Open discussion

FSU addresses women and democracy in Islamic cultures

On Feb. 3, Ferris State will be holding an event based around the statement, “Is Islam compatible with democracy and women’s rights?”

The discussion will begin at 11 a.m. in FLITE 408 and will focus on the status of women in various Islamic countries, as gender equity is essential for democracy.

In this panel discussion, Meral Topcu, associate professor of psychology, Dr. Kali Majumdar and Dr. Donald Roy will be moderators.

Krishnakali Majumdar, associate professor of anthropology, hopes to discuss countries that have adopted democracy, such as Turkey, Iran, Indonesia and Bangladesh.

“The goal is to make open dialogue,” said Shana Beisiegel, administrative assistant. “We want to make everyone feel open and relaxed.”

Muslim Ferris student Nabila Taufig feels everyone has different views and is entitled to their opinion.

“I do believe that everyone should at least respect the other person’s beliefs and try to understand different perspectives to see where the other person is coming from and why they believe the way they do,” said Taufig.

Taufig also sees this as an opportunity clarify any misconceptions that might exist.

According to the Pew Forums, about 23 percent of all people on Earth follow Islam. “Islam calls for democracy and women’s rights,” said Taufig. “However, sometimes due to cultural practices, they may not be recognized.”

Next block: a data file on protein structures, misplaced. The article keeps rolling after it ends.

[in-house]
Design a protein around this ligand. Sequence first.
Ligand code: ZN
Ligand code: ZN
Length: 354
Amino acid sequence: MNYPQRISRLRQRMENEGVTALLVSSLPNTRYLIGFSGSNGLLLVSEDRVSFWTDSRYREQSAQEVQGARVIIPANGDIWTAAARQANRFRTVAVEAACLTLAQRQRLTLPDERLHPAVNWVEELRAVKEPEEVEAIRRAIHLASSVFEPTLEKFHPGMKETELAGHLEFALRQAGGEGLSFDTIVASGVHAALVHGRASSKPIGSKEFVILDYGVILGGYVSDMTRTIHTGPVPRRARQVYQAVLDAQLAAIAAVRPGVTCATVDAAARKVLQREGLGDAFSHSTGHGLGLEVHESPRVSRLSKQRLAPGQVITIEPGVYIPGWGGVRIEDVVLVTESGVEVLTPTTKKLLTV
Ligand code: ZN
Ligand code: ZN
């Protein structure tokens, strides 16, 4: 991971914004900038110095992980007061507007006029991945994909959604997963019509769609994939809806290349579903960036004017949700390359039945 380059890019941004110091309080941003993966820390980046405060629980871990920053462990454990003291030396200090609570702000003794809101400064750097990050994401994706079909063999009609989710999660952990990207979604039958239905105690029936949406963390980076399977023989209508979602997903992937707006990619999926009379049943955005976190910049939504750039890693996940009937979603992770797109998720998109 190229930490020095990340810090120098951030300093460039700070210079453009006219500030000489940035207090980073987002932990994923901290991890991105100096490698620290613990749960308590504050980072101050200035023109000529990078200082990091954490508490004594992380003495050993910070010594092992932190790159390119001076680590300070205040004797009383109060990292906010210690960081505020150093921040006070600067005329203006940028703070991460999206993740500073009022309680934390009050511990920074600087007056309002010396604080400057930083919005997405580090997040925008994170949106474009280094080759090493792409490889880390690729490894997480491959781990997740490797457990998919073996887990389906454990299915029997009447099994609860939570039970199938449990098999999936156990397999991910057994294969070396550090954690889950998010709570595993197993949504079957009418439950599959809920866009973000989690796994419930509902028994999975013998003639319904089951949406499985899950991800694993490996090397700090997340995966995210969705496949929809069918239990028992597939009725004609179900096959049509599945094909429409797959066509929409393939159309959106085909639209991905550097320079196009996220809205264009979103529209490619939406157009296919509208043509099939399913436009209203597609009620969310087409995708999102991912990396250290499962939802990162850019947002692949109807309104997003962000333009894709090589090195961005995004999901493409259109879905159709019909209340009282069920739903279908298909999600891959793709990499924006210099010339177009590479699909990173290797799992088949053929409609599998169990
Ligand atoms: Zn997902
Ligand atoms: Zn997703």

The Muslim religion consists of praying five times a day in order to constantly remember God.

“When you pray, you feel that you are with God and talking to Him and you feel peaceful and pure,” said Muslim Ferris student Laila Alhuzaim.

For most people, their religion gives them a sense of individuality.  

“I love feeling the presence of God in daily life, feeling like everything we do is tied to something bigger, with a bigger purpose,” said Taufig.

Beisiegel hopes the discussion helps people understand religious decisions and offer insight into how religion plays a part in their lives.

“The benefits are education,” said Spencer Saxton, communication coordinator for the Office of International Education. “The idea of these discussions is to educate people of other cultures.”

“Media is not always accurate,” said Alhuzaim. “It tends to give off the wrong message. Therefore, people from different ethnicities have to make their voices heard and explain and speak the truth.” n